Up to 10 graduate credits (3 courses) with grades of B or better may be transferred from other graduate programs either within Rutgers or at other universities, with the approval of the graduate program director. Professional training courses in fields like education, social work, business, or nursing are generally NOT eligible for transfer credit Transfer credit is awarded only after a student has complete 12 credits in the MALS program.
Graduate students at Rutgers University-Camden are expected to take all their coursework at the Graduate School at Rutgers-Camden, unless they receive special permission in advance. Graduate courses completed at other institutions (including another graduate school within the Rutgers system) while enrolled as a graduate student at Rutgers-Camden may be accepted for credit. Transient credit has to be approved prior to the student enrolling in a course at another institution/school and should be granted only in exceptional circumstances. Transient credit will not be granted retroactively. Please note that the number of transient credits and transfer credits combined cannot exceed one-third of the total credits for graduation. This form requires approval of your graduate director and the Associate Dean of the Graduate School.
Students are expected to be registered continuously in the Graduate School (through coursework or matriculation-continued). If you have taken any semesters off (not including the summer semester), you must apply for re-enrollment. This form requires approval of your graduate director and the Associate Dean of the Graduate School.
Graduate students may enroll in up to two upper level (300 or 400 level) undergraduate courses for graduate program with approval of the graduate program director and Associate Dean of the Graduate School. Approval must be gained prior to the semester in which the student enrolls in the course. Undergraduate students enrolled in a dual-degree program must also fill out and submit this form for approval in order to ensure that they receive credit for their courses. Independent Study courses are not included under this policy.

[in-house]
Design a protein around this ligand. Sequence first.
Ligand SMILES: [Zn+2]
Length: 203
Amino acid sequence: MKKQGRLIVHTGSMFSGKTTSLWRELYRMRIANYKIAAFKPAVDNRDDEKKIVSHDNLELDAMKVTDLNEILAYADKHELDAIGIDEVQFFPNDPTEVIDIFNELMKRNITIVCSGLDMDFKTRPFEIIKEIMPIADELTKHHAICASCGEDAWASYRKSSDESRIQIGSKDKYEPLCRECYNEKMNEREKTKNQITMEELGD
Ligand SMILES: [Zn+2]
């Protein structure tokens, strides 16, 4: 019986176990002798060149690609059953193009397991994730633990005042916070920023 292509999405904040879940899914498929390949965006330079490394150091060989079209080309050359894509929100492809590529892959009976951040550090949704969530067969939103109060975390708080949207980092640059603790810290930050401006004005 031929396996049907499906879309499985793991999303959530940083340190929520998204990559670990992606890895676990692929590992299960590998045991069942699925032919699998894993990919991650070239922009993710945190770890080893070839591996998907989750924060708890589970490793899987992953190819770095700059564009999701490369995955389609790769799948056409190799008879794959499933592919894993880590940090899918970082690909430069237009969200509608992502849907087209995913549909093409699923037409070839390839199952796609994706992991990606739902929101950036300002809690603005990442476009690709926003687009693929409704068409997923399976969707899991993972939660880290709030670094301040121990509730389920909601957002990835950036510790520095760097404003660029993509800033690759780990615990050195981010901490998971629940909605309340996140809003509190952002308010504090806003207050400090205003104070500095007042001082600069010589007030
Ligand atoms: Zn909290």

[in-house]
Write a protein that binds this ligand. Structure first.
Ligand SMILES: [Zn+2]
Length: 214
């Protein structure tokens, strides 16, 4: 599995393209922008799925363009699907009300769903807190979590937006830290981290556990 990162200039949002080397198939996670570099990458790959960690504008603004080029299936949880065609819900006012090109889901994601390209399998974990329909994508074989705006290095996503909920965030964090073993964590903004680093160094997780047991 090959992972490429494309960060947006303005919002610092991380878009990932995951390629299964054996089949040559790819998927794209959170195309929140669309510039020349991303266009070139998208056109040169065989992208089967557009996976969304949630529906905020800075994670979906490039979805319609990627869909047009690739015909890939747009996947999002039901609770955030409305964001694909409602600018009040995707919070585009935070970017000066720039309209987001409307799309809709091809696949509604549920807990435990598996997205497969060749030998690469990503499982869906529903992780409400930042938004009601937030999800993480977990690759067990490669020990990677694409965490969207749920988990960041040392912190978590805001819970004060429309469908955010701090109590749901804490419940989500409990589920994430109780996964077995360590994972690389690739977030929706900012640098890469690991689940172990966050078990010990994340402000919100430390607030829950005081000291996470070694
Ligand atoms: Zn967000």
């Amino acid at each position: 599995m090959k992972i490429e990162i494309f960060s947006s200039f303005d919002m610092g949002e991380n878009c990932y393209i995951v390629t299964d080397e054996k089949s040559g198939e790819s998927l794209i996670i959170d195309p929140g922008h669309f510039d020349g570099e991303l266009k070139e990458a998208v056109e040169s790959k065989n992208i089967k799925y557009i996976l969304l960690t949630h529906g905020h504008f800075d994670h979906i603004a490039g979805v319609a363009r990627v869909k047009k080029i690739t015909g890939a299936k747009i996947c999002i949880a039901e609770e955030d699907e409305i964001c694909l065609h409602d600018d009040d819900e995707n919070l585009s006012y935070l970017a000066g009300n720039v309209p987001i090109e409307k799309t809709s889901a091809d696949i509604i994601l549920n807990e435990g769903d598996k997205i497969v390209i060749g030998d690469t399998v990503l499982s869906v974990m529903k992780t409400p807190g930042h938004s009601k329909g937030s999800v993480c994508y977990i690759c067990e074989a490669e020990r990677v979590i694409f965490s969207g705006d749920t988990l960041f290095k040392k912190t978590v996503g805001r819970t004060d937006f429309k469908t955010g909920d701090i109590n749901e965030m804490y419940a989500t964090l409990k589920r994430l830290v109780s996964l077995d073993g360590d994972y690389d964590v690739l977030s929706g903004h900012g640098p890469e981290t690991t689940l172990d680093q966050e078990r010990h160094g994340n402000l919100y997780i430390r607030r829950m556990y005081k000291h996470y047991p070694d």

For the final class in the program, students will enroll in a special independent research course (56:606:698, 690) and complete a research paper under faculty supervision on a topic of particular interest to the individual student. See instructions below for capstone projects.
Please consult the MALS program director if you have any questions about these requirements.
GRADUATE LIBERAL STUDIES COURSES
56:606:501,502,503,504,505 Studies of the Ancient and Medieval Eras
The foundations of western thought in classical antiquity and the Middle Ages. Topics vary from term to term. Treatment of themes such as the individual and society in ancient Athens ; pagans and Christians before and after the fall of Rome ; cultures in conflict in the Near East.
56:606:511,512,513,514,515 Studies of the Early Modern Era
Cultural development between about 1500 and 1789. Topics vary from term to term. Focus on topics such as the Italian Renaissance, the world of William Shakespeare, the scientific revolution of the 17th century, and the French enlightenment of the 18th century.
56:606:521,522,523,524,525 Studies of the Age of Revolutions
Interrelationships between social and cultural development between the French Revolution and the First World War. Attention given to such phenomena as debates about industrialization, the social novel, and the depiction of urban society in the visual arts.